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Five Steps to Pain-Free, Productive Meetings

Your leadership is on the line when you run a meeting, so it’s time to learn how to do it right.

By Suzanne Bates

If you hate meetings, you’re not alone. Although businesses have to run meetings, it seems that very often meetings run businesses. More than just a drag, bad meetings can have a tremendous negative impact on productivity and the bottom line.

You may think that the only thing worse than sitting through a meeting is having to lead one. But remember, your ability to run meetings well is a direct reflection of your leadership skills. Your staff and your peers will judge how you lead meetings and, in turn, whether your meetings accomplish results.

Different types of meetings require different approaches. While there are different meeting styles, some practices and policies make all meetings better. The following five steps will enable you to lead great meetings:

1. Determine the meeting’s purpose and prepare for productivity.
As the meeting leader, you must determine why the meeting is taking place so you know who to invite, what to put on the agenda, how long to discuss each item and even what methods to use to come to a decision. Productive meetings begin with good premeeting communication with those who will be involved, so you can identify which issues will need to be addressed. This checking-in process will help you to deal with objections and build consensus.

2. Write an agenda and stick to it.
Without an agenda, participants cannot prepare, and missions fall by the wayside as people talk about whatever is on their minds instead. As the meeting wanders, some may start side conversations, and anyone dominant enough can easily hijack the meeting. If you decide to spend 10 minutes on a topic, it’s your responsibility to move on when that time is up. You may be amazed to find what a difference just starting and ending the meeting on time—and keeping it clipping along—will make in participants’ morale and willingness to participate now and in future meetings.

3. Encourage discussion and participation.
Your most valuable resource is the collective knowledge of others. A good leader encourages participation in order to harness others’ creative power. Everyone will benefit when you make the atmosphere safe and easy for everyone—even the shy ones—to get involved. Take note of those who remain silent, and make it a point to ask them what they think. You don’t want those who disagree with you or with the group’s decisions not to say anything, and then to leave the meeting and undermine the decisions later.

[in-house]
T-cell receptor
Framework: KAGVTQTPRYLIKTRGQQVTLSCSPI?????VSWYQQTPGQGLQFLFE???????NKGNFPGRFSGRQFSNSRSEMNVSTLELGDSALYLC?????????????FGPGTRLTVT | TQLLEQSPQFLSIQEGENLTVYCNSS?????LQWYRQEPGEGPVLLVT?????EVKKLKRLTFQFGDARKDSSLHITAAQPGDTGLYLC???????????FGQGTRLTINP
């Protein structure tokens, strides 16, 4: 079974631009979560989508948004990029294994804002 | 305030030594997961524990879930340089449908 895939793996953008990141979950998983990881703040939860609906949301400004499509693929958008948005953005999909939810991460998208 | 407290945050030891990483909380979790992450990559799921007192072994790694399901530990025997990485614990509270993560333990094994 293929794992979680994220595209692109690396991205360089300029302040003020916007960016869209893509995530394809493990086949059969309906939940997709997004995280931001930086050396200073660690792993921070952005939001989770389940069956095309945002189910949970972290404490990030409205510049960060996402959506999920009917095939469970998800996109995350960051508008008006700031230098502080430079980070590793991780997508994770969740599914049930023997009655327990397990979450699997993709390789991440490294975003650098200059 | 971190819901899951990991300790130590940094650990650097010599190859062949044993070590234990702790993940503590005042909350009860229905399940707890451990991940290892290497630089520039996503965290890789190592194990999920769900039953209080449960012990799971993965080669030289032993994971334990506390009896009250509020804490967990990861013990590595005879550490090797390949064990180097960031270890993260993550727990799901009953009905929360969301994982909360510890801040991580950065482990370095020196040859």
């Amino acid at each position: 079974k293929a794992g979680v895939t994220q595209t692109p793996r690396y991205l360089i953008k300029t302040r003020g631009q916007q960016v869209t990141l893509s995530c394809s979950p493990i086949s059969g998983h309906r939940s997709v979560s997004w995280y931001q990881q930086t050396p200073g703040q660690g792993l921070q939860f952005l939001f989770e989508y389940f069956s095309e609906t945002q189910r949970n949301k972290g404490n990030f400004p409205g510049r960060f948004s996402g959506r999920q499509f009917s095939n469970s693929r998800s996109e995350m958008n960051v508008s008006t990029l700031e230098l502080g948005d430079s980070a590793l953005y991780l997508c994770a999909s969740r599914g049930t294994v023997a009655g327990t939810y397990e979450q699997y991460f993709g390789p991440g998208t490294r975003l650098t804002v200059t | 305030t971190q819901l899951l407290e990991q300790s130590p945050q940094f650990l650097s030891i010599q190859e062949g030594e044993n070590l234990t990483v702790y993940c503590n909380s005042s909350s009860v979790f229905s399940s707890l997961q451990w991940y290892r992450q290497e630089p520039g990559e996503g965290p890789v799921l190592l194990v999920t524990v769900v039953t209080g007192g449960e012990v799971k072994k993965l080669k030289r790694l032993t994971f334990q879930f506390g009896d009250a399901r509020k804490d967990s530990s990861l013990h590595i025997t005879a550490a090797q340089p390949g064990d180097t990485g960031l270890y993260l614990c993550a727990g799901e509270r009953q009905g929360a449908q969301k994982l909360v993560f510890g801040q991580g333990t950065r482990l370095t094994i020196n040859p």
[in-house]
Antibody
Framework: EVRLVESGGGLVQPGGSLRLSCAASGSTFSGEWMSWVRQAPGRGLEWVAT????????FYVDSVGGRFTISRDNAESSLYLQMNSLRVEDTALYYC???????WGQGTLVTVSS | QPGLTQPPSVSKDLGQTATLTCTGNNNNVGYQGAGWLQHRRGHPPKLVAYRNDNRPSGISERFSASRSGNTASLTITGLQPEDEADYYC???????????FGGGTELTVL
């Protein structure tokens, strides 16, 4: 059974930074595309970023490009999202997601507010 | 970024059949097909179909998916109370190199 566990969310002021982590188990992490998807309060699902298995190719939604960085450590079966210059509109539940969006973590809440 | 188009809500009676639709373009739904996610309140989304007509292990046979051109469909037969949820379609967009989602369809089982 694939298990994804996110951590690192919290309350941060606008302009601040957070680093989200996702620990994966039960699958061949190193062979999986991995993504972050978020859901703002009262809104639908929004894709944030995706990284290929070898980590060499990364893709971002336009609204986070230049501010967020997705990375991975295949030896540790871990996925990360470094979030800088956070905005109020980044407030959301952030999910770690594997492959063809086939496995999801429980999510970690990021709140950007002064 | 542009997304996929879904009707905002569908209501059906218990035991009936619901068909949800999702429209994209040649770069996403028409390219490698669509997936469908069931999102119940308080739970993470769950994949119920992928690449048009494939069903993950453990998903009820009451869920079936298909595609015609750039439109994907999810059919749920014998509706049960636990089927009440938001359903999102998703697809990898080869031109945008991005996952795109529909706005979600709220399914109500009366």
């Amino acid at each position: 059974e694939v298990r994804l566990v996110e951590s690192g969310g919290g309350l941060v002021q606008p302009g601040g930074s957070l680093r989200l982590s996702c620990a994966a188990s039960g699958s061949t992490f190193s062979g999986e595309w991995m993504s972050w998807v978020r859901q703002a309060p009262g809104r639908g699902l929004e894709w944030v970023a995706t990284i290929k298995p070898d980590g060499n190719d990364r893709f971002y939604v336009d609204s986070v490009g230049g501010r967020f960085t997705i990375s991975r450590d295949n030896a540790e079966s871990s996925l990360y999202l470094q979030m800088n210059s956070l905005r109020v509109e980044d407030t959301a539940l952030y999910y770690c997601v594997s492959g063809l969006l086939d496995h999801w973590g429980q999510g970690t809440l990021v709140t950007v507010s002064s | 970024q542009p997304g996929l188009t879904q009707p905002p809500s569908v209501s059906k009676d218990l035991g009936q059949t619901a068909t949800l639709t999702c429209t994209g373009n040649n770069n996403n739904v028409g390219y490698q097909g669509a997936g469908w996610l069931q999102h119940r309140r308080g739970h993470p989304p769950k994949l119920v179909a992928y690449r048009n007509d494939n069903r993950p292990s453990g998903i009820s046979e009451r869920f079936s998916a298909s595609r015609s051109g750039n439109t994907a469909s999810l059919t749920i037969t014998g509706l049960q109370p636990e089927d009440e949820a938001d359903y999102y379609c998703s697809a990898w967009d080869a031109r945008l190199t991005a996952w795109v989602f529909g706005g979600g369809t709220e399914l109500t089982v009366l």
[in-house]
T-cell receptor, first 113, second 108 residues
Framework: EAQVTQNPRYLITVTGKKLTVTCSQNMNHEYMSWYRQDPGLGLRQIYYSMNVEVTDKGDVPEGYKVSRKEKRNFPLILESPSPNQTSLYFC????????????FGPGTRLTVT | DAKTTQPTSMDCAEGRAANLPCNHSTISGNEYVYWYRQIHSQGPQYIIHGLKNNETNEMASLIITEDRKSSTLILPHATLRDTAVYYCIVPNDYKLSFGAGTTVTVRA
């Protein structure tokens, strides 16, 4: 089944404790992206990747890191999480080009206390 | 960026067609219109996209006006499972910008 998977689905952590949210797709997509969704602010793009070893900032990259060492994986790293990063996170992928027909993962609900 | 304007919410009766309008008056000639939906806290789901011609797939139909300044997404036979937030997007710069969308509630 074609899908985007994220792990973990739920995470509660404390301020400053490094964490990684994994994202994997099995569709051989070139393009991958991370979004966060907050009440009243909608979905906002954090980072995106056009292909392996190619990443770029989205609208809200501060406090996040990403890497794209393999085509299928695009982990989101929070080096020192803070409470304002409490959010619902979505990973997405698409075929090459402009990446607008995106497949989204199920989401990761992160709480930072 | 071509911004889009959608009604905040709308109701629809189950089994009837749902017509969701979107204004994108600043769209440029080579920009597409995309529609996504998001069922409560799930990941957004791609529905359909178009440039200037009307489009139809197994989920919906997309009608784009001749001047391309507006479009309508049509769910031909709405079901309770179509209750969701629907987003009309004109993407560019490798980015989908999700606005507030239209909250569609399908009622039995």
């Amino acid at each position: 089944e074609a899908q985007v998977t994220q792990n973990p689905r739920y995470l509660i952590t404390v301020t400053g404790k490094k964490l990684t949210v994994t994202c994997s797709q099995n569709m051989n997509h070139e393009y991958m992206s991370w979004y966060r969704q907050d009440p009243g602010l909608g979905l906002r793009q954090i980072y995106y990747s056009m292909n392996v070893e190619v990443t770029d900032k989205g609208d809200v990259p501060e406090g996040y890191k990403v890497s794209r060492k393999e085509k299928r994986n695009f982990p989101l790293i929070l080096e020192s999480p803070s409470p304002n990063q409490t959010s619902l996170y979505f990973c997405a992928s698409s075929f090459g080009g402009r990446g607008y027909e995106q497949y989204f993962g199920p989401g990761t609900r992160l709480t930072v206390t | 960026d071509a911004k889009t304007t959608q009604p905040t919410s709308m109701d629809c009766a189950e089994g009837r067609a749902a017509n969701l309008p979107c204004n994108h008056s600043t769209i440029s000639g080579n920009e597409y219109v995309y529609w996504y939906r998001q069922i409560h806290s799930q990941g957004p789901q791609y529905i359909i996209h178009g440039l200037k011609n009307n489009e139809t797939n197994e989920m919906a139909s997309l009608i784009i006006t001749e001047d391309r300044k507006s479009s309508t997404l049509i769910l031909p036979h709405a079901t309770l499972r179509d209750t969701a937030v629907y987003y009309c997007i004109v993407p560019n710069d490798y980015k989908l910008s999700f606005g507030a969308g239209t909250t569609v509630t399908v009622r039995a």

Encourage participation by saying:

  • “Stan, you shook your head just now. What else do we need to consider?”
  • “I would like to hear from Amanda on this.”
  • “Jack, you and I talked about something before the meeting. Would you share it?”
  • “Do we have all the issues on the table?

4. Listen actively.
Listening well and being able to provide a brief but accurate review of what has been said sets great leaders apart. To summarize effectively, you must hear everything that is said, and more importantly, notice what is not said. Take notes or listen in “note-taking” mindset to key words and phrases. Put ideas you hear into the context of the whole discussion, and you will find that this creates accountability. Ask questions and then truly listen to the answers.

Questions that will yield valuable insights might begin with:

  • “What’s your reaction to …?”
  • “What’s your view on …?”
  • “What led you to …?”
  • “How could we …?”

5. Manage conflict and deal with difficult people.
If you ask good questions and make it safe to disagree, participants will debate issues on the merits. You can’t allow discussions to get personal or let issues go unresolved; otherwise, you risk damage to the whole organization, not just the individuals involved. Meeting leaders must promote positive conflict while avoiding personal attacks.

While debate is usually healthy for organizations, some people in the group will test the limits. To keep difficult people from derailing your meeting, intervene in advance. Speak with them one-on-one so that they can vent or discuss what’s on their minds outside of the meeting context. During the meeting, allow them to have their say, and even ask a few questions, and then move on. Remember, your role as a leader is to enforce time limits.

Used with permission. All rights reserved.

Suzanne Bates, president and CEO of Bates Communications, is an executive coach and communications consultant who helps professionals develop a unique communication style to become stars in their industries. She is the author of Speak Like a CEO: Secrets to Commanding Attention and Getting Results. For more information, visit or call 800-903-8239.



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